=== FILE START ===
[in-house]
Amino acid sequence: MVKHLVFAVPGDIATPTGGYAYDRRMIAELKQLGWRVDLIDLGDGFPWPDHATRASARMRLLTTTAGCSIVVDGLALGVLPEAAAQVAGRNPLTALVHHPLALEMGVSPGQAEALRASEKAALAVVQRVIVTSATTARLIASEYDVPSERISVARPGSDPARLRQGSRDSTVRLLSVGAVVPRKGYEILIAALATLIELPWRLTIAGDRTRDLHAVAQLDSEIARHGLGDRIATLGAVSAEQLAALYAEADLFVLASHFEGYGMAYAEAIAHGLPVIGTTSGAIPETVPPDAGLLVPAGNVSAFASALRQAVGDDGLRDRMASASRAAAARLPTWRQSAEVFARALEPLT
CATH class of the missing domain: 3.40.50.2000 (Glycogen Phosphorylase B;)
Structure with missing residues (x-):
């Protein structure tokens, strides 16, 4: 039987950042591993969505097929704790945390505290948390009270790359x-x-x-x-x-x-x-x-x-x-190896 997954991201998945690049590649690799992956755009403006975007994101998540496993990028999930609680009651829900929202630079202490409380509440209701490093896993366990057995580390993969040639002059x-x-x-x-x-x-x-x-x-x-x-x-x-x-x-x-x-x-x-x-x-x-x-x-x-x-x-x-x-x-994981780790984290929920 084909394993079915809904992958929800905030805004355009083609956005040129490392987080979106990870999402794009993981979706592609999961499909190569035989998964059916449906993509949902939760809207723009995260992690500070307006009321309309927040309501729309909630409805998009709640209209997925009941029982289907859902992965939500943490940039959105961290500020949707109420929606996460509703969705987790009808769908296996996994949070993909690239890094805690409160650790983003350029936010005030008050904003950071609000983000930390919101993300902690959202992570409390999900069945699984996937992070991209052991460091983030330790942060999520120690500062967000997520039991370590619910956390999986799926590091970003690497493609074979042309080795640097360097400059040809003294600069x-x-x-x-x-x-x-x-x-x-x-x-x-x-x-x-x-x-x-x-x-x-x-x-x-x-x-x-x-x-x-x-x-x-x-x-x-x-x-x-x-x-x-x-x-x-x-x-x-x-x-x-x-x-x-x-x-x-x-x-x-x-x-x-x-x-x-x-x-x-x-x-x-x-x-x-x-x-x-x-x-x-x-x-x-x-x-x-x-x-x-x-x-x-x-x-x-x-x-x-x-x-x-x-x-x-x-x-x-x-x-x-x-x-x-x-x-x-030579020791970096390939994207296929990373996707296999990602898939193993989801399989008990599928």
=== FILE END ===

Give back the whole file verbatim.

[in-house]
Amino acid sequence: MVKHLVFAVPGDIATPTGGYAYDRRMIAELKQLGWRVDLIDLGDGFPWPDHATRASARMRLLTTTAGCSIVVDGLALGVLPEAAAQVAGRNPLTALVHHPLALEMGVSPGQAEALRASEKAALAVVQRVIVTSATTARLIASEYDVPSERISVARPGSDPARLRQGSRDSTVRLLSVGAVVPRKGYEILIAALATLIELPWRLTIAGDRTRDLHAVAQLDSEIARHGLGDRIATLGAVSAEQLAALYAEADLFVLASHFEGYGMAYAEAIAHGLPVIGTTSGAIPETVPPDAGLLVPAGNVSAFASALRQAVGDDGLRDRMASASRAAAARLPTWRQSAEVFARALEPLT
CATH class of the missing domain: 3.40.50.2000 (Glycogen Phosphorylase B;)
Structure with missing residues (x-):
């Protein structure tokens, strides 16, 4: 039987950042591993969505097929704790945390505290948390009270790359x-x-x-x-x-x-x-x-x-x-190896 997954991201998945690049590649690799992956755009403006975007994101998540496993990028999930609680009651829900929202630079202490409380509440209701490093896993366990057995580390993969040639002059x-x-x-x-x-x-x-x-x-x-x-x-x-x-x-x-x-x-x-x-x-x-x-x-x-x-x-x-x-x-994981780790984290929920 084909394993079915809904992958929800905030805004355009083609956005040129490392987080979106990870999402794009993981979706592609999961499909190569035989998964059916449906993509949902939760809207723009995260992690500070307006009321309309927040309501729309909630409805998009709640209209997925009941029982289907859902992965939500943490940039959105961290500020949707109420929606996460509703969705987790009808769908296996996994949070993909690239890094805690409160650790983003350029936010005030008050904003950071609000983000930390919101993300902690959202992570409390999900069945699984996937992070991209052991460091983030330790942060999520120690500062967000997520039991370590619910956390999986799926590091970003690497493609074979042309080795640097360097400059040809003294600069x-x-x-x-x-x-x-x-x-x-x-x-x-x-x-x-x-x-x-x-x-x-x-x-x-x-x-x-x-x-x-x-x-x-x-x-x-x-x-x-x-x-x-x-x-x-x-x-x-x-x-x-x-x-x-x-x-x-x-x-x-x-x-x-x-x-x-x-x-x-x-x-x-x-x-x-x-x-x-x-x-x-x-x-x-x-x-x-x-x-x-x-x-x-x-x-x-x-x-x-x-x-x-x-x-x-x-x-x-x-x-x-x-x-x-x-x-x-030579020791970096390939994207296929990373996707296999990602898939193993989801399989008990599928």